Embattled DaimlerChrysler AG Chairman Juergen Schrempp said he is determined to get the company's Chrysler unit "back where it belongs -- at the top of the industry."
January 15, 2001
Schrempp made no mention of a Sunday Times report that DaimlerChrysler's two largest shareholders have given him six months to turn Chrysler around and were in favor of selling the struggling U.S. unit. Both the automaker and one of the shareholders, Deutsche Bank, denied the report.
But Schrempp said he saw no scenario in which Chrysler would be sold or spun off. He said DaimlerChrysler has "sufficient time and sufficient money" to turn its Chrysler unit around. Chrysler is scrambling to reverse losses of nearly $2 billion in the second half of 2000.
Schrempp used part of his 25-minute speech to explain how DaimlerChrysler has been trying to resurrect its struggling U.S. unit since November, when he replaced group president Jim Holden with German executive Dieter Zetsche.
"We had to move, and we moved decisively," Schrempp said of the management change. "You may hear some discordant sounds here and there, but that is because we are gearing up for real performance."
He said that Zetsche and his team at Chrysler headquarters in Auburn Hills, Mich., have been working day and night on developing a restructuring strategy that will be announced on Feb. 26.
The DaimlerChrysler chairman also assured conference attendees that Chrysler and its sister unit, Daimler, were on equal ground. During a question and answer session after his speech, Schrempp said, "Take it from me, this was genuinely a merger of equals." He also said that the DaimlerChrysler board of directors has complied with the merger document "by letter and by spirit."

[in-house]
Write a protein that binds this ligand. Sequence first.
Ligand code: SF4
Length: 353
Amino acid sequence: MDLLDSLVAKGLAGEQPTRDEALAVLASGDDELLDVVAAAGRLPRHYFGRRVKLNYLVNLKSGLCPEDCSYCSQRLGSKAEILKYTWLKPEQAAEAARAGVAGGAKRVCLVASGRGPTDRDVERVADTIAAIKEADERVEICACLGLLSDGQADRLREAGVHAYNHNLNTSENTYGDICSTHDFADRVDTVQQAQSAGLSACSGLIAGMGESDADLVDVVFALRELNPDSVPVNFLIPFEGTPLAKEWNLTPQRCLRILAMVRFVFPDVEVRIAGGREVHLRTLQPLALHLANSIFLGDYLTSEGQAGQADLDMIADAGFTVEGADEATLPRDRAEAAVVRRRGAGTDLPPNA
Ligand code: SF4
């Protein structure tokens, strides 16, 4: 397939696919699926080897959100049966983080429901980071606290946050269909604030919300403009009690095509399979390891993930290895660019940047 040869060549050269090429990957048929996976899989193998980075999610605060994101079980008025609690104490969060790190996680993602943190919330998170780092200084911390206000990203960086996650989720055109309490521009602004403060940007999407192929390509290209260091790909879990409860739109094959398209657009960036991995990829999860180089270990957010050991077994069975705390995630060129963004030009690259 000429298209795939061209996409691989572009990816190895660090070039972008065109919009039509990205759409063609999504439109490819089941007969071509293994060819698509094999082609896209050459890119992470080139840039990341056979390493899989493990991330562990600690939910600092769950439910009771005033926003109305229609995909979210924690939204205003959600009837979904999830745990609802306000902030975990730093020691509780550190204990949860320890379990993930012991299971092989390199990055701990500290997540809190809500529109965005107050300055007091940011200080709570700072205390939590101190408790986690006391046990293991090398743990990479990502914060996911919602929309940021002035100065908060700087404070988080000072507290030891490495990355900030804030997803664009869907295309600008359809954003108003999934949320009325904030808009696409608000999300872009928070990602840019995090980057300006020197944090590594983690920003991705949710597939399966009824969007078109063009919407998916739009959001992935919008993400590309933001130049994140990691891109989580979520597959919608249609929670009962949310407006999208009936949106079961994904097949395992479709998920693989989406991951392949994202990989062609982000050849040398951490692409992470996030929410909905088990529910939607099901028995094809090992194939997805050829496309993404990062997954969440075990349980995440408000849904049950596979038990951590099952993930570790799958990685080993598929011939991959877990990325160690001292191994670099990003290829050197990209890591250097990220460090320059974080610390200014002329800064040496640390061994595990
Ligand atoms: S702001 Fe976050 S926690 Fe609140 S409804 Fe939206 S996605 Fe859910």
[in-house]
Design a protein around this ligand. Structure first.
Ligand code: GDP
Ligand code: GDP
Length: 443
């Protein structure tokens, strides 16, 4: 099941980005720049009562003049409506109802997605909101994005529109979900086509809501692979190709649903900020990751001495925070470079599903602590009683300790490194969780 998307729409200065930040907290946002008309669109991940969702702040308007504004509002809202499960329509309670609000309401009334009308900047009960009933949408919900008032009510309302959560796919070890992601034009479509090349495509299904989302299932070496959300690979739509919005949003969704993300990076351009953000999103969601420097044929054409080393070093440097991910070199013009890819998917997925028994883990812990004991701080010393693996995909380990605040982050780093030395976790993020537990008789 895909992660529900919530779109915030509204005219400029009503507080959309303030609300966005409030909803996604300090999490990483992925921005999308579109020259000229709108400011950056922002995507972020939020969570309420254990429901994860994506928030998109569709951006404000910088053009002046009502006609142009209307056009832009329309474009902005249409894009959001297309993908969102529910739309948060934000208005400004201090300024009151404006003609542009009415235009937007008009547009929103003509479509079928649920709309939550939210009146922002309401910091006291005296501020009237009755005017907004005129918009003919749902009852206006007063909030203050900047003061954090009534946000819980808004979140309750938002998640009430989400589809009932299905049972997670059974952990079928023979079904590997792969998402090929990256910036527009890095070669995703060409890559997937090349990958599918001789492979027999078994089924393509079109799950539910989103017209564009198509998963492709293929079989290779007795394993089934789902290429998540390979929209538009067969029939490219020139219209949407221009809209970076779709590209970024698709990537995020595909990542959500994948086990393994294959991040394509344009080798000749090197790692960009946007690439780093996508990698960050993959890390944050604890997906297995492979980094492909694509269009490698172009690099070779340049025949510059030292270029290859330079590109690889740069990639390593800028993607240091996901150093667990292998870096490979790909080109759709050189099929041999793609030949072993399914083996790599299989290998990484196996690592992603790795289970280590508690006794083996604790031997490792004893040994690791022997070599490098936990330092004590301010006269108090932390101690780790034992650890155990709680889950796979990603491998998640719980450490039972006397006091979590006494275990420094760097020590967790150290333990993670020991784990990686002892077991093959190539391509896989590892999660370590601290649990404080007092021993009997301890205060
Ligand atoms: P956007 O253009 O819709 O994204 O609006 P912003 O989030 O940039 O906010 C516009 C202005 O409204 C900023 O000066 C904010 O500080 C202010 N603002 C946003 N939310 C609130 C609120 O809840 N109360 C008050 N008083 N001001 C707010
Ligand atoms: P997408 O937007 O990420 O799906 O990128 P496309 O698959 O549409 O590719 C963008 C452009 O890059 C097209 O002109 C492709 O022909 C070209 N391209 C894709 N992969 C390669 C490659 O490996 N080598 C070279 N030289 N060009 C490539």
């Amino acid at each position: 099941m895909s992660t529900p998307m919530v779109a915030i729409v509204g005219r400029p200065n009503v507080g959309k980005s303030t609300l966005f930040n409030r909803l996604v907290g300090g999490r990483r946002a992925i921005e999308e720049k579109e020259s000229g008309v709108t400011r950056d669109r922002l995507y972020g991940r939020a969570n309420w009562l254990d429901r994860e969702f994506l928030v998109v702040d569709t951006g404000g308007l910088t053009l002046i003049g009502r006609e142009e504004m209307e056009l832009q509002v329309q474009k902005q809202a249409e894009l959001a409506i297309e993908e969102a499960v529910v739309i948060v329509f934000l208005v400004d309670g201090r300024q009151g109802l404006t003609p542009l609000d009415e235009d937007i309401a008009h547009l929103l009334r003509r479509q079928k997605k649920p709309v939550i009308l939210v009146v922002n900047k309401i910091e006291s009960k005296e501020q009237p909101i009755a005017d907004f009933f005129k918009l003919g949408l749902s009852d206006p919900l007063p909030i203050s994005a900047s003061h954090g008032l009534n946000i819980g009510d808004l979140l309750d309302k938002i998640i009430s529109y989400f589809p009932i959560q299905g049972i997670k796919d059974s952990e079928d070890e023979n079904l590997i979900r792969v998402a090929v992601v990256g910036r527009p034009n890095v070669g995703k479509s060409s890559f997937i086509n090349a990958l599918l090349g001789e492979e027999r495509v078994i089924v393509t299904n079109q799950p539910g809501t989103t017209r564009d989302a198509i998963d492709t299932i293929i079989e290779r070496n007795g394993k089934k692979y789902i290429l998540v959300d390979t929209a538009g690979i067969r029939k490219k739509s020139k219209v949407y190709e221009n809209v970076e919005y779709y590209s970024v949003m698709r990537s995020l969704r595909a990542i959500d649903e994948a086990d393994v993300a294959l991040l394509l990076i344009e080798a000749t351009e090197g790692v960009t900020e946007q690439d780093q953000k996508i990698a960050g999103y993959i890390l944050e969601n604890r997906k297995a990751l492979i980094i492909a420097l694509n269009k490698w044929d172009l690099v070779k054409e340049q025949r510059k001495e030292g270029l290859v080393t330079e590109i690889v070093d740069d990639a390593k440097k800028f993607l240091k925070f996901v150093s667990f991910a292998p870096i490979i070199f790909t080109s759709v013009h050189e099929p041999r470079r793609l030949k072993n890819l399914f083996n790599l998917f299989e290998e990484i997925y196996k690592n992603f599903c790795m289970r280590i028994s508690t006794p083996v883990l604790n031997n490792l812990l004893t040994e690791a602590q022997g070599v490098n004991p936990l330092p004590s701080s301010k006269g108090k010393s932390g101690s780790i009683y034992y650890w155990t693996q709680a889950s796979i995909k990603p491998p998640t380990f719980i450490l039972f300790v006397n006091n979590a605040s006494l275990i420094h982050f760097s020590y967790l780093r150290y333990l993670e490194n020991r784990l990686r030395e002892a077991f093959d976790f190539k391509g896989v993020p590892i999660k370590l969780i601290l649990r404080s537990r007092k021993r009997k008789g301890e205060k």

Schrempp faces several lawsuits, none more noteworthy than one filed by billionaire financier Kirk Kerkorian -- a $8 billion suit that alleges securities fraud and seeks a breakup of the merger. Kerkorian, DaimlerChrysler's No. 3 shareholder, alleges that Schrempp and other key executives committed fraud by concealing their true intentions for the merger in 1998.
When asked whether the U.S. unit might share platforms with Mercedes-Benz, Schrempp replied with an emphatic, "No." But he said that it's possible that Chrysler will share platforms with Mitsubishi.
Schrempp was also asked why an American executive would not have been able to take the reigns of the U.S. unit. He said DaimlerChrysler did not consider nationality when it looked for a successor to Holden. He said Zetsche is simply the best person to lead the company. He also said that an American could take over as Chrysler CEO in the future.